Hougland's 'Firebird' pushes envelope

Hougland's 'Firebird' pushes envelope

By David Lyman • Enquirer contributor • March 13, 2011

Sometimes it's hard to know if Adam Hougland is a cheeky young man or a choreographer with a grand vision.

Hougland, the Cincinnati Ballet's resident choreographer, has a penchant for choreographing to epic music with reputations so vast that most choreographers want nothing to do with them.

Last season he choreographed a work to the Mozart Requiem. And in 2009, he created a work to Stravinsky's mammoth "Le sacre du printemps" (The Rite of Spring) for the Louisville Ballet, where he also carries the title of resident choreographer. He will restage that work for the Cincinnati Ballet next season.

Now, further cementing his reputation as an audacious dancemaker, he has created "The Firebird" for the Cincinnati Ballet. It premieres this weekend at the Aronoff Center on a program with George Balanchine's "Theme and Variation."

Sit and talk to Hougland, though, and there is little that is either audacious or cheeky about him. He is quiet, his speech measured. You don't really get a sense that he is trying to shock anyone, though this slightly punked-out version of "The Firebird" is likely to ruffle a few traditionalist feathers.

"So much of ballet today is riding on the coattails and the leftover fumes of the past," Hougland said. "When Balanchine was starting out in America, what he was doing was very risky and crazy and unlike anything that had been done before. I don't think that happens so much anymore.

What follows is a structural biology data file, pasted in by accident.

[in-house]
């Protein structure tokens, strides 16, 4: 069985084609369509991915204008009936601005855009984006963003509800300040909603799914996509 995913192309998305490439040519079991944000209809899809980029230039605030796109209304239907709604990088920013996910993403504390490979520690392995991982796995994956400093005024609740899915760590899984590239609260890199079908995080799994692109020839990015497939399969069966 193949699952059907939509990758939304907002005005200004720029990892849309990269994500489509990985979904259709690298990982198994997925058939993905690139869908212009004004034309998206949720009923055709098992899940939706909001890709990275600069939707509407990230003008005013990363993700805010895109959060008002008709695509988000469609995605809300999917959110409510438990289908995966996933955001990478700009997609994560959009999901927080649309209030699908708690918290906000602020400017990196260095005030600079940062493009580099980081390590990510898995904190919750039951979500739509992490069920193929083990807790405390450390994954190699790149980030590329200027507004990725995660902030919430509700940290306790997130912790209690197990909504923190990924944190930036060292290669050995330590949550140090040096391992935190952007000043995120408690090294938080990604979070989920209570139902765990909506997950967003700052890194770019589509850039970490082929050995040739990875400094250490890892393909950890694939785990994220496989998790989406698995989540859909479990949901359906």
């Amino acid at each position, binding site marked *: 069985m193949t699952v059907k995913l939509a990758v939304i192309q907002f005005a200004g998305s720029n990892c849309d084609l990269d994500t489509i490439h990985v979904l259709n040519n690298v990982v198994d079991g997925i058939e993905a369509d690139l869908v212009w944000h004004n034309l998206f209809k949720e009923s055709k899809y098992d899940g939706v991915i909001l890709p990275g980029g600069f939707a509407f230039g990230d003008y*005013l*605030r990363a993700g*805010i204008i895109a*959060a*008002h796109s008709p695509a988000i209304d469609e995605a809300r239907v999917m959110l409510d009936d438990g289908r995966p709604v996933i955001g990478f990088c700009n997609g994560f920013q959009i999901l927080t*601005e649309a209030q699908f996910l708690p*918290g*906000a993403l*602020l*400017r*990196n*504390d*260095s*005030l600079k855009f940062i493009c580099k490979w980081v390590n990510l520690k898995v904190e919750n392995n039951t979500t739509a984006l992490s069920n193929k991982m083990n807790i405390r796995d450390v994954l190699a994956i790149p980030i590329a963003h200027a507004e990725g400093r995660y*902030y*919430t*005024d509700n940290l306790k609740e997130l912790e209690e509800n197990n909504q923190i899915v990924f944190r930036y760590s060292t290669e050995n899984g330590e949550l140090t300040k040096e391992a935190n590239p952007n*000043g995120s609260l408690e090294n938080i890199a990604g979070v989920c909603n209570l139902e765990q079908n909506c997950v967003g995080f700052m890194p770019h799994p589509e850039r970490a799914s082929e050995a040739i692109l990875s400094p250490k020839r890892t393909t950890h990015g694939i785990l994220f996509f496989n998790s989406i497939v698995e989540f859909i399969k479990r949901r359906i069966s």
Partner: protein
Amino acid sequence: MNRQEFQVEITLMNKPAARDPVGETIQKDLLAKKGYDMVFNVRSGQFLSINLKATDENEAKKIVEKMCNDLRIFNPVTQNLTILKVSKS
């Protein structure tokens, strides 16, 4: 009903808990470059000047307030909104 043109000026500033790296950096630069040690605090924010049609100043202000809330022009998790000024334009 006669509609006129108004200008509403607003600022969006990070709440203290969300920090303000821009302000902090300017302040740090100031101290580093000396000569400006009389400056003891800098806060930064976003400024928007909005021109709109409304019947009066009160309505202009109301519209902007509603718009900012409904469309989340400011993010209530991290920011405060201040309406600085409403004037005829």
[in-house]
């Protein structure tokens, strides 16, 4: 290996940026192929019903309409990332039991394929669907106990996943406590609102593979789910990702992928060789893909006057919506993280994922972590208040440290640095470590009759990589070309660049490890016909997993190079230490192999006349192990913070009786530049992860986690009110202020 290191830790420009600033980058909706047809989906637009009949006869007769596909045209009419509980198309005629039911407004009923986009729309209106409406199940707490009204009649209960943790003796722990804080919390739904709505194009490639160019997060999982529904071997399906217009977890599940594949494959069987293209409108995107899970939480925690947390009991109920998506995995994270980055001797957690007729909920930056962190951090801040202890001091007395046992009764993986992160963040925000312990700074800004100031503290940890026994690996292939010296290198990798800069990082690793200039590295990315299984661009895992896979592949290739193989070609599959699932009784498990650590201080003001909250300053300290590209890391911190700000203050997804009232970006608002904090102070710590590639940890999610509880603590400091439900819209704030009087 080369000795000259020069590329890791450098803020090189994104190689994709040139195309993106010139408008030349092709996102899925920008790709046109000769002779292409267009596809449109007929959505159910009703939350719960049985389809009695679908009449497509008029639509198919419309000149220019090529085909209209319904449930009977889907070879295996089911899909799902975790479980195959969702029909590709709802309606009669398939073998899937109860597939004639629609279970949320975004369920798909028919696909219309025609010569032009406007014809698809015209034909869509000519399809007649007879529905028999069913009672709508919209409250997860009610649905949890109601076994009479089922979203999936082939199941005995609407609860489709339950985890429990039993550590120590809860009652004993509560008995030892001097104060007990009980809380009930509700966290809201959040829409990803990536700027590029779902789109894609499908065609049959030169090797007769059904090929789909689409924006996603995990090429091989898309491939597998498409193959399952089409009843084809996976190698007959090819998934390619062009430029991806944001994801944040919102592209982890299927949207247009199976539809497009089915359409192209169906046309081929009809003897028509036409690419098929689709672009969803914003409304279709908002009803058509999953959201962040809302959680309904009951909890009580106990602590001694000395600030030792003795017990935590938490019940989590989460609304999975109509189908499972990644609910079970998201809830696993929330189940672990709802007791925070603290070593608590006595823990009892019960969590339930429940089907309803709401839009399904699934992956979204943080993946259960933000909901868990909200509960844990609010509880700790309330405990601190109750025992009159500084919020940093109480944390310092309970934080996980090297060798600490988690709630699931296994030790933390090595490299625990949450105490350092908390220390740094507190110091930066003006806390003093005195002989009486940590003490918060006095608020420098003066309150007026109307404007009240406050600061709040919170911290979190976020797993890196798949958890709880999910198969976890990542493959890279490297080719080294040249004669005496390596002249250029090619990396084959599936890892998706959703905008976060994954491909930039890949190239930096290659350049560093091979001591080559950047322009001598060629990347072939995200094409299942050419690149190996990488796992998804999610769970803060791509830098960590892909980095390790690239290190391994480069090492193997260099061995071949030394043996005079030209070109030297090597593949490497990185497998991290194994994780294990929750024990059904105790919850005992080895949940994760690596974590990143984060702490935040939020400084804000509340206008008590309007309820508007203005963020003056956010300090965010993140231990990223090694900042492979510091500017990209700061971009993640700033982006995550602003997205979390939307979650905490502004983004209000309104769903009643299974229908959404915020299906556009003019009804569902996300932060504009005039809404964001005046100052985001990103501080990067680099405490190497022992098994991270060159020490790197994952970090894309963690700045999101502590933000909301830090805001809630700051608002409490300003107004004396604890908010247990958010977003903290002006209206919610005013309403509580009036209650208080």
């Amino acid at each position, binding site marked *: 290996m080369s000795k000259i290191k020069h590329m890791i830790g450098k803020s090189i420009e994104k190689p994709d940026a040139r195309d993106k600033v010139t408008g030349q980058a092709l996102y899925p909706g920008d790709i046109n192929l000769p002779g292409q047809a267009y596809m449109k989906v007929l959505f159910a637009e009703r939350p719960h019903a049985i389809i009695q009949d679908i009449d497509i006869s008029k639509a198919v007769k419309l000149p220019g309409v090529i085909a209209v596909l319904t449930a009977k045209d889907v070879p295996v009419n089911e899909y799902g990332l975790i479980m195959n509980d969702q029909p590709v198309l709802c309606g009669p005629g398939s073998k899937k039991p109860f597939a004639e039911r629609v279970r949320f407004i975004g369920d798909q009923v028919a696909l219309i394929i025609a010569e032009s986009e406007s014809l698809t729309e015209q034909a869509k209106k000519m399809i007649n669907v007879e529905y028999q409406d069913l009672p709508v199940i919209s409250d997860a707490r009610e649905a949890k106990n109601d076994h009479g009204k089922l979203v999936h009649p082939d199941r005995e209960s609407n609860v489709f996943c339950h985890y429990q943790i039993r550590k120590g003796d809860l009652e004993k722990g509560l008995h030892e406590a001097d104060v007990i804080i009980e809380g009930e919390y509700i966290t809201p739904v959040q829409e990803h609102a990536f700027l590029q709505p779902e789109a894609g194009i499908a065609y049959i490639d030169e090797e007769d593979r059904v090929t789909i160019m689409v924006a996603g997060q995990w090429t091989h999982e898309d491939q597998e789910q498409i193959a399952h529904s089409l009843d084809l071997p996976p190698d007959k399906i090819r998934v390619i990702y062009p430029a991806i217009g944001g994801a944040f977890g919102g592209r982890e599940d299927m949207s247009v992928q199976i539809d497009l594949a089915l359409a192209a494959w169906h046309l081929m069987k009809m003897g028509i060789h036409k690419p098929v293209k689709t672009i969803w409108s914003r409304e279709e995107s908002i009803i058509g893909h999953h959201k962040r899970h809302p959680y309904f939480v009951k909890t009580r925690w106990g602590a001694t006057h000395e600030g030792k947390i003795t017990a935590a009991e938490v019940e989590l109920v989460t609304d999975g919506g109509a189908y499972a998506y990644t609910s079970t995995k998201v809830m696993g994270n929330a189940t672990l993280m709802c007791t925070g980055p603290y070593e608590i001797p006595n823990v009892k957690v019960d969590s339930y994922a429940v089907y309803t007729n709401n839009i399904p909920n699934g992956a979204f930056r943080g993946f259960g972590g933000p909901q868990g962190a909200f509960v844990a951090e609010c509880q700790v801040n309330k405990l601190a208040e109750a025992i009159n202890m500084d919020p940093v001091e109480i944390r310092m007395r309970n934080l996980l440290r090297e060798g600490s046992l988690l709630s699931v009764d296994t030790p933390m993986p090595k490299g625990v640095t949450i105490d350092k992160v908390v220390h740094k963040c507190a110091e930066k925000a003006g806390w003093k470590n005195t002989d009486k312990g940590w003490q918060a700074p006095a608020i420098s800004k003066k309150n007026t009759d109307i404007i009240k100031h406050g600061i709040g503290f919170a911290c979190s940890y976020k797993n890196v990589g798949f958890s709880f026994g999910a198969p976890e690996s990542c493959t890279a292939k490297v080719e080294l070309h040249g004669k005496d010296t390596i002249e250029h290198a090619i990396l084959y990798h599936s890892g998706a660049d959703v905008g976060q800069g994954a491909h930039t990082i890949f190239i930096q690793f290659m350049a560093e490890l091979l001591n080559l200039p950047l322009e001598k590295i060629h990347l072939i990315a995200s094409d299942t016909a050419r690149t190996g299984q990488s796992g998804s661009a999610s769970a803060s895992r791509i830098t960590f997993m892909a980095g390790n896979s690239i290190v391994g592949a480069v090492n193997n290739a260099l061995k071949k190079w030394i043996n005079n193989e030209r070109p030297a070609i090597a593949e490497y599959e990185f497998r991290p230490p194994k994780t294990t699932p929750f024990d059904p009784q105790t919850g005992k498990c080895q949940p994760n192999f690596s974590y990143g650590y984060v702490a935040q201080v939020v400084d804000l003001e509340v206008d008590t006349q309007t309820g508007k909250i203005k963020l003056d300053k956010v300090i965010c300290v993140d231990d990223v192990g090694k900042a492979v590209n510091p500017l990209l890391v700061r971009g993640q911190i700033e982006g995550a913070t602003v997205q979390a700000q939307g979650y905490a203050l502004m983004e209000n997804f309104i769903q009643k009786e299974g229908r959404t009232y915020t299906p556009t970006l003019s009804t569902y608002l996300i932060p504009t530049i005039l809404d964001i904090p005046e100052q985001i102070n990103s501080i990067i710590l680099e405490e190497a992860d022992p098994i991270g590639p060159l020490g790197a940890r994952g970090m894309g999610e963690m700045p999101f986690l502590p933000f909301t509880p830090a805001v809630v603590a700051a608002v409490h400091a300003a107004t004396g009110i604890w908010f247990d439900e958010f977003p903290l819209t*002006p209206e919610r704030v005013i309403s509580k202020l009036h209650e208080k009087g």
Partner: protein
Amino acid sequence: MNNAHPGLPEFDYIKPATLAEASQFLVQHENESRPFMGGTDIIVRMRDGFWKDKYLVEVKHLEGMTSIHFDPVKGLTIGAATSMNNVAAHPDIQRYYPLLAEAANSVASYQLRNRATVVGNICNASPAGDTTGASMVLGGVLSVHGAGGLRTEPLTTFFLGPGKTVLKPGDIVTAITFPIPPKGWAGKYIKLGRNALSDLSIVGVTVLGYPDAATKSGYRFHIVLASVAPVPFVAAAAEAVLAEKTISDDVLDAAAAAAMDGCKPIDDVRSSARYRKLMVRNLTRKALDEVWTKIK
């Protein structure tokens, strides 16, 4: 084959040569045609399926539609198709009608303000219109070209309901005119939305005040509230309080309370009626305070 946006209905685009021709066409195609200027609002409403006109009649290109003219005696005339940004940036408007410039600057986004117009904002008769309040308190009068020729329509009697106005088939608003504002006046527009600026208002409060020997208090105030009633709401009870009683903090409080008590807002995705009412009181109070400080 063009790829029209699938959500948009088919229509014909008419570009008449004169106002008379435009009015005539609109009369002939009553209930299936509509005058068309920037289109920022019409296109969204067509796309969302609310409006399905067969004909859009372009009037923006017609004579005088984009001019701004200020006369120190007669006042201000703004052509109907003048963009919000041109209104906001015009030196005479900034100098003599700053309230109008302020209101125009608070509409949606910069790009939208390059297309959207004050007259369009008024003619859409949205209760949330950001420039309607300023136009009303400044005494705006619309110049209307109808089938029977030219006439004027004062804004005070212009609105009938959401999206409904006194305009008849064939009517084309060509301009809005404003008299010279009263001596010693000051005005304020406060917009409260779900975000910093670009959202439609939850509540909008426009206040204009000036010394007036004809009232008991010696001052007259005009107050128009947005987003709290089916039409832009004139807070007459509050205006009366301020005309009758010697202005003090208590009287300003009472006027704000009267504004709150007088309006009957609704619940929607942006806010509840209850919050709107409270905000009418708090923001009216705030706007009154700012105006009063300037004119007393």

"Often, ballet companies feel they need to give audiences something that's surefire, guaranteed. But in that effort to appeal to the widest possible audience, you run the risk of alienating the people who are most interested in ballet because it comes off looking a little bit - you know, desperate."

Hougland thinks that Cincinnati Ballet artistic director Victoria Morgan manages to achieve a balance that is healthy for the growth of ballet. He cites the company's season-opening New Works, a program consisting solely of premieres.

"The programming is all new, which people who really love ballet are sure to find inspiring," he said. "But because it's done in a smaller space (the company's studio theater), it's more affordable than doing it in some place like the Aronoff."

And then, of course, there is the freedom that she gives him with pieces such as "The Firebird."

"If I wanted an absolutely traditional approach to these ballets, I would have looked for someone else to be resident choreographer," Morgan said. "That's not the kind of choreographer Adam is."

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